Warning: contains spoilers for Inside No. 9 Series 7 Episode 5
Out in the world of TV and movie production, millions are regularly spent on scripts containing a fraction of the complexity, ambition or potential in ‘A Random Act of Kindness’. Inside No. 9’s first sci-fi story was an imaginative feat frustratingly limited inside a BBC comedy budget.
Given the right backing, this desperately sad tale of a bereaved son’s guilt driving him to invent time travel and sacrifice his life to repair his relationship with his mother would make an excellent feature film. There could be an indie version starring Chloe Sevigny and David Thewlis, or a big Hollywood one perhaps, with Sandra Bullock and George Clooney in the Jessica Hynes and Steve Pemberton roles. Triple the runtime, add a couple of zeroes to the budget, forget about the need to contain all the action inside a ‘number nine’ and you’d really have something.
The big Hollywood version would lose Older-Zach’s suicide and change the ending, of course, following audience testing. Reversing every step the story takes to leave Younger-Zach and his mother back on the path to estrangement and grief wouldn’t play well to a mainstream audience, who might well find the final image of an injured sparrow gasping its last breath to foreshadow Helen’s approaching death-by-cancer and with it, the final nail in the coffin of a difficult mother-son relationship, a bit… agonisingly bleak? I did.
That’s after working out quite what I’d just seen. After Bob’s tattoo revealed him to be future-Zach from 2062, the plot came thick and fast. Bob (Pemberton) delivered his message to Zach (Noah Valentine) about making up with Helen (Hynes) before it was too late, and then he took his own life. That act presumably stopped the original timeline dead, leaving Zach to make up with his mother and embark on a new timeline in which he didn’t co-invent a transtemporal telegraph, but instead cured cancer and saved her. New-timeline Helen died at a ripe old age, Zach grew into a happier man close to his own children, and then a stranger turned up at Helen’s funeral and ruined everything.
That was Dr Brann (Shearsmith). In the original timeline, he and Zach co-developed the time travel device, bringing them fame and wealth. When original timeline Brann learned that Zach was time travelling back to his own past in order to change his future, he realised that his timeline was also about to be discarded as “collateral damage” and so left himself a video message explaining the betrayal before Zach’s suicide ‘deleted’ that version of events.
New-timeline-Dr Brann then sought out this cancer-curing stranger and (this is where I get fuzzy) forced him at gunpoint to use the transtemporal telegraph older-Zach had stashed under younger-Zach’s bed to go back to before older-Zach interfered, thus resetting everything to the status quo. Ergo, Helen still died young, Zach remained wracked by guilt, and the only winner was Dr Brann, who presumably no longer had to make a living out of online educational science videos.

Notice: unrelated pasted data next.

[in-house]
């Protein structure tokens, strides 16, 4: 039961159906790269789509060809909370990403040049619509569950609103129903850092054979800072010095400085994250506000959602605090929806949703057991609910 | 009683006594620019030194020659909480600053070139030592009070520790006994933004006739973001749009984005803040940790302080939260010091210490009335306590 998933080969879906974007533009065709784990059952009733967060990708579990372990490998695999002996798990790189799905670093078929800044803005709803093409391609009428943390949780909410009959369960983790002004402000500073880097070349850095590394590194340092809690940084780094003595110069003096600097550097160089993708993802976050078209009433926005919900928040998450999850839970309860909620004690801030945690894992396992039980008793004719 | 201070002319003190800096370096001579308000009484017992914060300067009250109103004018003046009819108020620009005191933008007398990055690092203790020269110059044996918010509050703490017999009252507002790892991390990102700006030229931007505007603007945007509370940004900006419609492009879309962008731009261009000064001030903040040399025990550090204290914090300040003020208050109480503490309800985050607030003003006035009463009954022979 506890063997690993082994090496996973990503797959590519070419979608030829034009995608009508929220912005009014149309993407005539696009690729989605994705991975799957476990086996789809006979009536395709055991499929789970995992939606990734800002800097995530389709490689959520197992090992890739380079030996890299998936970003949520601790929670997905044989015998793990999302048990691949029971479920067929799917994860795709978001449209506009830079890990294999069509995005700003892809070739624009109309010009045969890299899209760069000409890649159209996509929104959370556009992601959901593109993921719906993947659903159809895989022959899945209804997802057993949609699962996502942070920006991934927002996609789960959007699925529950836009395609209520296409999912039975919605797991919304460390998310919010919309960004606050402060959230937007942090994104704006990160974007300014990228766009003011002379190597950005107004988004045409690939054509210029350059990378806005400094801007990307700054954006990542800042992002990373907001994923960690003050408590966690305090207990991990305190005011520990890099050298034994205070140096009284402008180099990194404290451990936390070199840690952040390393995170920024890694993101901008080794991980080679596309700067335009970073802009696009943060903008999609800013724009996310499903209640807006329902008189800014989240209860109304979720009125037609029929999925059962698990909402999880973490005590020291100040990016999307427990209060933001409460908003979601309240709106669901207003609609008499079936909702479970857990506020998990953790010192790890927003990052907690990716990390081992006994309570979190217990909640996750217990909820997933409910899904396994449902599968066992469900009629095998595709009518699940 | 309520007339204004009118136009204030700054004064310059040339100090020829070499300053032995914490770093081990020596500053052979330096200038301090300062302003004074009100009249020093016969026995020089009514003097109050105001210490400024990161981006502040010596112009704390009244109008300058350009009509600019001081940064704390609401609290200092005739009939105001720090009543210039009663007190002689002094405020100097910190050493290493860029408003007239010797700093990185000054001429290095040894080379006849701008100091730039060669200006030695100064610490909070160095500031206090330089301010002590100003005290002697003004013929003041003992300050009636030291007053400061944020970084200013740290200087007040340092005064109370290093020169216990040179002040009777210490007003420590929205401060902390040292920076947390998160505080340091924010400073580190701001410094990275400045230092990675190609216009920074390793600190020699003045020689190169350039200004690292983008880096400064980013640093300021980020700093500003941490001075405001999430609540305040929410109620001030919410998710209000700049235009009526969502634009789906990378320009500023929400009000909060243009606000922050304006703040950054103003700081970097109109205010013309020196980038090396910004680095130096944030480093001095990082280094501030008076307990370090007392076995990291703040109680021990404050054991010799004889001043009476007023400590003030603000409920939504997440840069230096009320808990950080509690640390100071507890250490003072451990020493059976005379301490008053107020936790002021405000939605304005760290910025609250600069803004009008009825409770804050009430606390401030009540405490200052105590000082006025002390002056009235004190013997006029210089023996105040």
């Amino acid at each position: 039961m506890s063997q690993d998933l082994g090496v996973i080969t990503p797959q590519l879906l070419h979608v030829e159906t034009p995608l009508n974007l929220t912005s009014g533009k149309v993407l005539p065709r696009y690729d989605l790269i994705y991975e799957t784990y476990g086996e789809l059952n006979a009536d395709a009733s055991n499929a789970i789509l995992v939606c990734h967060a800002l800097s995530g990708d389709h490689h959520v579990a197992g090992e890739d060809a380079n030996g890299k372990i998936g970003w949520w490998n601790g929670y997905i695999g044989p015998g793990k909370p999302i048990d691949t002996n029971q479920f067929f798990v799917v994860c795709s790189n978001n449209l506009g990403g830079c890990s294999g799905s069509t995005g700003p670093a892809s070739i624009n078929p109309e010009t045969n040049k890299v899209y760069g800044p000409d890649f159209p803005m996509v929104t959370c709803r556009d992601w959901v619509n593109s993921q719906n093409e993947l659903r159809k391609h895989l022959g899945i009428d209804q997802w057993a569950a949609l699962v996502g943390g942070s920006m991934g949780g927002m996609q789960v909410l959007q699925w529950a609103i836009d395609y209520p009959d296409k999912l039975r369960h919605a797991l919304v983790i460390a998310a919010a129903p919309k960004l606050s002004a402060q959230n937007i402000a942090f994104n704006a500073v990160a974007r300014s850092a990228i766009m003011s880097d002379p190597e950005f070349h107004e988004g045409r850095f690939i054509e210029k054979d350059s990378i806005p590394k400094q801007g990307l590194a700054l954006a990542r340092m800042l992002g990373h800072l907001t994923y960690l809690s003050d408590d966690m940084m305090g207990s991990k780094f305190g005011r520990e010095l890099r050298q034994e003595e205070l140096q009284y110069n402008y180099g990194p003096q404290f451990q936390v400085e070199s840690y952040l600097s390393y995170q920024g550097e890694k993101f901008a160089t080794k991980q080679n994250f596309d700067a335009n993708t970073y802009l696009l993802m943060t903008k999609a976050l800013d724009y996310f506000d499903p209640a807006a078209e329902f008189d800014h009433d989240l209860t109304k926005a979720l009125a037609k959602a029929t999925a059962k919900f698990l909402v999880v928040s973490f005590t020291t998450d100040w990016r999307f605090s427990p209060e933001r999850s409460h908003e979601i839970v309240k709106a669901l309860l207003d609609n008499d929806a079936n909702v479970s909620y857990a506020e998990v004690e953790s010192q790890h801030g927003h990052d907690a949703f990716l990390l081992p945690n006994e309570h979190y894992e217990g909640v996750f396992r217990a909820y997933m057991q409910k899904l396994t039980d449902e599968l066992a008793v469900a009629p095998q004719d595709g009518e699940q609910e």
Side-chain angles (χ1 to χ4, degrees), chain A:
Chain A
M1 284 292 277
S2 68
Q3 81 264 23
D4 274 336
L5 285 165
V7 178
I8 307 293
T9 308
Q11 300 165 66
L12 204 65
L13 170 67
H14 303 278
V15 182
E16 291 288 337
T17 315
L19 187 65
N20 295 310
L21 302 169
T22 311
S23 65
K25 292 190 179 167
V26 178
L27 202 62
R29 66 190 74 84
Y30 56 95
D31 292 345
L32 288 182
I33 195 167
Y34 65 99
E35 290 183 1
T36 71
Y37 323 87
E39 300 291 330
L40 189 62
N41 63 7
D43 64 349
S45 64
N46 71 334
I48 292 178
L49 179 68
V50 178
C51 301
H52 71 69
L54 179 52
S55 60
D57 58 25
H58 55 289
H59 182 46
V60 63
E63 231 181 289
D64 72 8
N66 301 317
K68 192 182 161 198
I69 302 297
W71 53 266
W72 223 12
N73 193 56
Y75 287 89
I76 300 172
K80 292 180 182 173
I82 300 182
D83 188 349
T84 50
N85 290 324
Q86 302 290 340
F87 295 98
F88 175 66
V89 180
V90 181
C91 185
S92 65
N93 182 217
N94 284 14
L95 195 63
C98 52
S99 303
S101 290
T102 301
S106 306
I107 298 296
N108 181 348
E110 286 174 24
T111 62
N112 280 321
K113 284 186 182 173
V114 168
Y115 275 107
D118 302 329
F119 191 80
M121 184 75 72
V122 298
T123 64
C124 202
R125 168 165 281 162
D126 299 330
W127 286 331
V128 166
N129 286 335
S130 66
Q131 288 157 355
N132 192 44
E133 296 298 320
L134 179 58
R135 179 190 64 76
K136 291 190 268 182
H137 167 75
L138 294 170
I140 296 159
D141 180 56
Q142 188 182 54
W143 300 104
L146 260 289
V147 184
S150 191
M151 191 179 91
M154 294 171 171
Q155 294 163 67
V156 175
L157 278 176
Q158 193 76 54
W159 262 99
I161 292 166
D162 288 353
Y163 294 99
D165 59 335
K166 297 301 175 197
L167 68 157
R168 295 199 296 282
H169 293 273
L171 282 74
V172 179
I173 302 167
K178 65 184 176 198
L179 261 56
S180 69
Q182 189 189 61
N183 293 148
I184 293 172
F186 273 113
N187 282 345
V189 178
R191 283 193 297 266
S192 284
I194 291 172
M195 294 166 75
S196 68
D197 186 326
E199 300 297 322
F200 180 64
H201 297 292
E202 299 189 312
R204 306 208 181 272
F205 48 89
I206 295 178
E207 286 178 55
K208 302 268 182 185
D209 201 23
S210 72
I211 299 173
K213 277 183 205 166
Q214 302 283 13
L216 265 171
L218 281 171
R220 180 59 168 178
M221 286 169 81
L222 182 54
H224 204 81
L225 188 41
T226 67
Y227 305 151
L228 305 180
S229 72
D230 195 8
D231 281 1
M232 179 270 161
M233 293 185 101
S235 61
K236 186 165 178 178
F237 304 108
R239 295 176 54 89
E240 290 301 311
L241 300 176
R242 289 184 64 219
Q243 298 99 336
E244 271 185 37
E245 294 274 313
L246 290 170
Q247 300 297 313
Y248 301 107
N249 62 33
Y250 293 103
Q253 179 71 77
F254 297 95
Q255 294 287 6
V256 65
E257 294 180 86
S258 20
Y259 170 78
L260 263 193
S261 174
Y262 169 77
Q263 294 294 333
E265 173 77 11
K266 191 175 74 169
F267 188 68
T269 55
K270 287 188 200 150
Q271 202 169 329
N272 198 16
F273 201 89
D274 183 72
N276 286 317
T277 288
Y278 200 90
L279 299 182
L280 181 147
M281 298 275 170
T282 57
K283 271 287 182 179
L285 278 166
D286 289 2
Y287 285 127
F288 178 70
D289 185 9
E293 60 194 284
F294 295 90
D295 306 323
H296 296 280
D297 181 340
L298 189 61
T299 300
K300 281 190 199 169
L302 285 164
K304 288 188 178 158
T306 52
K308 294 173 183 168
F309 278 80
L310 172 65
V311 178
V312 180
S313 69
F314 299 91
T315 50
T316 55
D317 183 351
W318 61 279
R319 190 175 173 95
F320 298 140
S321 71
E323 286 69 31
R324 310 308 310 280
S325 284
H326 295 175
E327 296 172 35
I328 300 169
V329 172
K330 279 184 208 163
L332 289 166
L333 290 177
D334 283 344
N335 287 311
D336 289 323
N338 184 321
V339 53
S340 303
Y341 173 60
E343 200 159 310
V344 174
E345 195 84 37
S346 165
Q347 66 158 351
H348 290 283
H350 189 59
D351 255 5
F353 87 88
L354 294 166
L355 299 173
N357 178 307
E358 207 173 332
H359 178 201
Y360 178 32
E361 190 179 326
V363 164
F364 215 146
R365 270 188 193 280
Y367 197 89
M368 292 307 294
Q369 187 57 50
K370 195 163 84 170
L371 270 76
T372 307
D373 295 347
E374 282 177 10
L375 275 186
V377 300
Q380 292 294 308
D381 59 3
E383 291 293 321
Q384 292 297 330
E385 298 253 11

It contained so much – big sci-fi concepts, workplace rivalry, the clever Newton’s laws metaphorical device, story surprises – but at heart was an emotional, down-to-earth story about a mother and son. Hynes’ tender performance as Helen conveyed that emotion beautifully, and her early scenes with Valentine were well-pitched by the actors and Nine Lives Kat director Kieron J. Walsh. Hynes’ naturalism, and the domestic realism of those early scenes couldn’t have contrasted more with the villainous laser-gun fight confrontation at the end.
That’s somewhere more money could have contributed. The design of this episode, with its future-flashback sets, special effects, and Brann’s science vid backdrop, was already extravagant for Inside No. 9. There was no way that final fight also could be staged in the swish, futuristic location where it should by rights have taken place. (If you’re a “world-famous Nobel Prize winner” who literally cured cancer, you can afford to buy your mum a nicer house than the one you grew up in covered in hexagons. It’s this episode that, in true Doctor Who style, couldn’t afford it).
It was an impressive (double-s) half-hour – a smart sci-fi story grounded in a sad domestic drama that was made as well as it could possibly be within the limitations. It’s a rare example though, of an Inside No. 9 episode whose ambition extended beyond what was practically possible. Because while most of this anthology’s stories are cleverly made to work just as well on a taut budget as a generous one, some of these ideas simply deserve more space and time in which to travel.
Inside No. 9 Series 7 concludes on Wednesday the 1st of June at 10pm on BBC Two.